The US Environmental Protection Agency has retracted new rules for burn-off ovens used in the finishing industry after a federal judge refused to grant them an extension in a lawsuit over the Clean Air Act.
The EPA in February announced that it was stripping out the proposed rules on burn-off ovens – used by coaters to remove powder coating and paints from racks – because of protests from the industry when the proposed regulations were first announced last fall.
Some finishers estimated it would have cost as much as $300,000 to retrofit their burn-off ovens to meet new CAA rules, but they complained to the EPA that their ovens were unfairly grouped with larger incinerators and boilers.
Following a Products Finishing magazine report in October on the new rules that many in the finishing and oven industry say they knew nothing about, several thousands of letters and emails bombarded the EPA offices, causing the agency to back off its original Dec. 16 date for having Administrator Lisa Jackson sign off on the updated rules.
The EPA went to Judge Paul Friedman of the U.S. District Court of the
EPA attorneys say they received nearly 5,000 comments that “raised issues that EPA had not fully considered and also provided substantial additional data that raised questions about some of the Agency’s initial conclusions,” including the fact that they reported only 36 known burn-off ovens in the U.S. when actually there could be tens of thouands.
Judge Friedman denied the EPA request for a 15-month extension, but gave them until the end of February to re-propose their rules and finish the lawsuit. The 2001 case against the EPA by the Sierra Club claims that the agency was unreasonably delaying issuance of rules required by the CAA to control air toxics from multiple industrial sectors, including industrial boilers and commercial and institutional solid waste incineration units.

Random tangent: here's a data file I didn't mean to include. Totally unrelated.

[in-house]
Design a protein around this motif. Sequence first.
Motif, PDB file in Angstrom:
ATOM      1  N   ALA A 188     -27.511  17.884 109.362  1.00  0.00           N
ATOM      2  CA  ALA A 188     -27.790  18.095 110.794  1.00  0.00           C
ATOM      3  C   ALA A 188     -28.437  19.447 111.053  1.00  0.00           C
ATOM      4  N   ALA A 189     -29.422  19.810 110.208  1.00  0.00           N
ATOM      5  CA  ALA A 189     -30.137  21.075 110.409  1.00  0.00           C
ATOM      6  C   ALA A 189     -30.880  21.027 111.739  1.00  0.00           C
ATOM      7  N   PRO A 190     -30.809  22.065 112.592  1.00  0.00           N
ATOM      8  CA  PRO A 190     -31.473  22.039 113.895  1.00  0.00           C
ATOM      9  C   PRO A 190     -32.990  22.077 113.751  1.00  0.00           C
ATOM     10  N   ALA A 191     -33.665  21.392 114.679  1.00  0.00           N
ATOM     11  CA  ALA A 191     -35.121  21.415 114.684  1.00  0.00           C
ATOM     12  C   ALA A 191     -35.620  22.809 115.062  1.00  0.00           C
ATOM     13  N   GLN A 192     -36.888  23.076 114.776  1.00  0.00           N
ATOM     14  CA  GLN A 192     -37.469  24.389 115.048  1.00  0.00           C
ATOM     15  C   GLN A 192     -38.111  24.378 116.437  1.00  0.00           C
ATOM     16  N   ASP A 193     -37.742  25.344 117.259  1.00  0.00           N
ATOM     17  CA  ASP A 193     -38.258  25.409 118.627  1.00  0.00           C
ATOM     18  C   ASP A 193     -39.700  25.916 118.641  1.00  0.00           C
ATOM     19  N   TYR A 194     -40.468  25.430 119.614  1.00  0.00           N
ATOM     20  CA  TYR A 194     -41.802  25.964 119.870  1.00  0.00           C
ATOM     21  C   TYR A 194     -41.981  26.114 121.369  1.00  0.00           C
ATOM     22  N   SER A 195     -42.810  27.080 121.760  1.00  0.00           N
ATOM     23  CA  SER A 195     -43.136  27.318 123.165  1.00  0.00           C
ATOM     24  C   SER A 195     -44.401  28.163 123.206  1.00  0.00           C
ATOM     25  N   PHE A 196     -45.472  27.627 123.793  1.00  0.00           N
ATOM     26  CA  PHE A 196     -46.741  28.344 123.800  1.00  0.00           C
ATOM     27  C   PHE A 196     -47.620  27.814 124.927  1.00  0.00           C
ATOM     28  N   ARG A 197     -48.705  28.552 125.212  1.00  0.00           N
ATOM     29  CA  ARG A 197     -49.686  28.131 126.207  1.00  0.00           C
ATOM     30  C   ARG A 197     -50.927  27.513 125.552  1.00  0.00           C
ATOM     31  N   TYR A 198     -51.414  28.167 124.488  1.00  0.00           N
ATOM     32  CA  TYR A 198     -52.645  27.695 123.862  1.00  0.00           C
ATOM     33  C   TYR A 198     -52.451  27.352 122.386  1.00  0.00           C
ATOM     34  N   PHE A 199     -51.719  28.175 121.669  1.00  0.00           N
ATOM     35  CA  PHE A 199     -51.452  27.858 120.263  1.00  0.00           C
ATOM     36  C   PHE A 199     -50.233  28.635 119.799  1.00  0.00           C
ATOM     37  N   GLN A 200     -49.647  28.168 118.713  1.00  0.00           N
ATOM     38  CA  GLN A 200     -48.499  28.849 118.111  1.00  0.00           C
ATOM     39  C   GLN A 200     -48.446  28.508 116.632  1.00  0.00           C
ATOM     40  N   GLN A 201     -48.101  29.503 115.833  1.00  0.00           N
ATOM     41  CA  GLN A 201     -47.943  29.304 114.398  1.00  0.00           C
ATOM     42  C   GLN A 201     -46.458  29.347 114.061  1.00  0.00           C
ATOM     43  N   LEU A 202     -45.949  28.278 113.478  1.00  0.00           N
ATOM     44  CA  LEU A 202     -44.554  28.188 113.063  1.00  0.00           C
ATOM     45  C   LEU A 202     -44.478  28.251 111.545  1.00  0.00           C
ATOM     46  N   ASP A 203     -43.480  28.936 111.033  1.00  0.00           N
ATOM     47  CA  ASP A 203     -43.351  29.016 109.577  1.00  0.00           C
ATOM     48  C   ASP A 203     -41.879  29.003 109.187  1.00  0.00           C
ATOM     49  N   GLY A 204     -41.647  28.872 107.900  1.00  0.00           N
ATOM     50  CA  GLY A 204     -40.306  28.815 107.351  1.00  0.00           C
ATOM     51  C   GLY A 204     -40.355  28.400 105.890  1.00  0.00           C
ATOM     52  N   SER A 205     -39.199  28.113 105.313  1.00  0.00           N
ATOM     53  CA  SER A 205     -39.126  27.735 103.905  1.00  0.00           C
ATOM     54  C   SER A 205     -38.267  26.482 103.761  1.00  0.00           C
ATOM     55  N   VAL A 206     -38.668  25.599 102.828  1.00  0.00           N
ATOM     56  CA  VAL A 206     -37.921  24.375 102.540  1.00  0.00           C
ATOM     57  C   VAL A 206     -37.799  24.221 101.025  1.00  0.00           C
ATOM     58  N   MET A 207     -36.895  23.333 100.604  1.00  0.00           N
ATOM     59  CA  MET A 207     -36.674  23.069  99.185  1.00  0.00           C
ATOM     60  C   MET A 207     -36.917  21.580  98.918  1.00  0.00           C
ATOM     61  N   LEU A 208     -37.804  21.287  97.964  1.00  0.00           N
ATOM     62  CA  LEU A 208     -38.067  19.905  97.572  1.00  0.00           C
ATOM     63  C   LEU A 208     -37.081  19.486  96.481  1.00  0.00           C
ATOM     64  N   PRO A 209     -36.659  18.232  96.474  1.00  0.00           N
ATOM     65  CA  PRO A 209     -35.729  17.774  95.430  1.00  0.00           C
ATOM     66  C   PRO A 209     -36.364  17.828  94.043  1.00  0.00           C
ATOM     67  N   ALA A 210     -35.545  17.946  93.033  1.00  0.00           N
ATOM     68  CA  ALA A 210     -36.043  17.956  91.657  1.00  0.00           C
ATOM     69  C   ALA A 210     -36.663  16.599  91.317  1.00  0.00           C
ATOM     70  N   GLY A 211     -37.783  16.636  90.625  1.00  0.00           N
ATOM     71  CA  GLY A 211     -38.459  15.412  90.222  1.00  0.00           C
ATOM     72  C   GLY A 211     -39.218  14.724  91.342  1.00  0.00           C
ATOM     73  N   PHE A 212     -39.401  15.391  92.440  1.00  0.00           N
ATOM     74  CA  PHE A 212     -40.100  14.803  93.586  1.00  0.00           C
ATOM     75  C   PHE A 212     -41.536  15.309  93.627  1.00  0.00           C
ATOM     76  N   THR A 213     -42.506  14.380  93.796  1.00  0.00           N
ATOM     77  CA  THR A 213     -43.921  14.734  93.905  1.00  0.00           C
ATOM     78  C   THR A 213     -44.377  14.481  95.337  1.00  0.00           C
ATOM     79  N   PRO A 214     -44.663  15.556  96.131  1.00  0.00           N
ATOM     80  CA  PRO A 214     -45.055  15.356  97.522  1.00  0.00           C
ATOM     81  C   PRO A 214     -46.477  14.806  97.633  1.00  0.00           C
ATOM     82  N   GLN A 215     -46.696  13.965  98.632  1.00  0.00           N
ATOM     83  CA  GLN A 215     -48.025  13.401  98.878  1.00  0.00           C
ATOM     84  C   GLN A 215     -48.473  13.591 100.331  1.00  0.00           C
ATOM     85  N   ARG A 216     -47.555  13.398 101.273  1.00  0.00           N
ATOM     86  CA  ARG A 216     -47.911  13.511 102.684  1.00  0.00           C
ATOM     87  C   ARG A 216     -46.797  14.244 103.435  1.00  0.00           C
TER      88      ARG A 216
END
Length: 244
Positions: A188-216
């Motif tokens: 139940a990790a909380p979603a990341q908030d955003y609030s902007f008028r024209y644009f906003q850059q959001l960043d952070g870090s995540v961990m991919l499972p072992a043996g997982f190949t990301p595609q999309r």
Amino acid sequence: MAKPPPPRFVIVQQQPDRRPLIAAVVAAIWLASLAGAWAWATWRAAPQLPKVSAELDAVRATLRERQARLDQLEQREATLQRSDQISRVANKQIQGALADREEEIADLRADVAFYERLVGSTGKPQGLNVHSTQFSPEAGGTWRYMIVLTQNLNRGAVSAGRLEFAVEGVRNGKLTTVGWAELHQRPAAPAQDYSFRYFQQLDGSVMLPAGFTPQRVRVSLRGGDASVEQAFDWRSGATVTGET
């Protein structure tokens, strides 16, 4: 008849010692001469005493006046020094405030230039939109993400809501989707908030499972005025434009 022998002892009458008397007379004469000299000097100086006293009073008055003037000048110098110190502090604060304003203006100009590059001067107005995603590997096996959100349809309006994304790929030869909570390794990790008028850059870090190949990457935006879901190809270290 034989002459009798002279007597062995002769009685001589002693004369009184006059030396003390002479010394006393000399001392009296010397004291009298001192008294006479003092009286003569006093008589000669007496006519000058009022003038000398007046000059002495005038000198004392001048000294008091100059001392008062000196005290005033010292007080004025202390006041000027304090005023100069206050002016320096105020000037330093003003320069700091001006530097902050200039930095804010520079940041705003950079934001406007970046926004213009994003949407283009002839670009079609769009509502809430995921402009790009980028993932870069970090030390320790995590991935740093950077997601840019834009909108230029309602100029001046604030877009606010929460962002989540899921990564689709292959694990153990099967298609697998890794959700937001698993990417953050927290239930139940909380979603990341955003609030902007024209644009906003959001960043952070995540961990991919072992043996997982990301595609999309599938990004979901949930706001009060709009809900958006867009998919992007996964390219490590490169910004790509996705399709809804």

The judge ruled that the EPA was using “discretionary delay” in prolonging the case because of input from Congress.
“Although much of the time-consuming rulemaking process for the Three Air Rules may have been appropriate under normal circumstances, the Court concludes that EPA engaged in discretionary delay in the face of a congressional directive,” Judge Friedman says in his ruling.
The EPA, meanwhile, blamed the issue on wrong oven data on the finishing industry, saying they did not provide correct information. Earlier the EPA says it contacted national industry organization and trade publications to gather input on the amount of ovens in the
“Public input included a significant amount of information that industry had not provided prior to the proposal,” says Gina McCarthy, assistant administrator for EPA’s Office of Air and Radiation.
The new rules will address several types of boilers and incinerators:
- Large-source boilers at about 13,800 refineries, chemical plants and other industrial facilities.
- Small-source boilers located at about 187,000 universities, hospitals, hotels and commercial buildings that may be covered by these standards, but due to the small amount of emissions these sources are responsible for, EPA has limited the impact of the final rule making on small entities.
- Solid waste incinerators, which number about 88 and burn waste at a commercial or an industrial facility.
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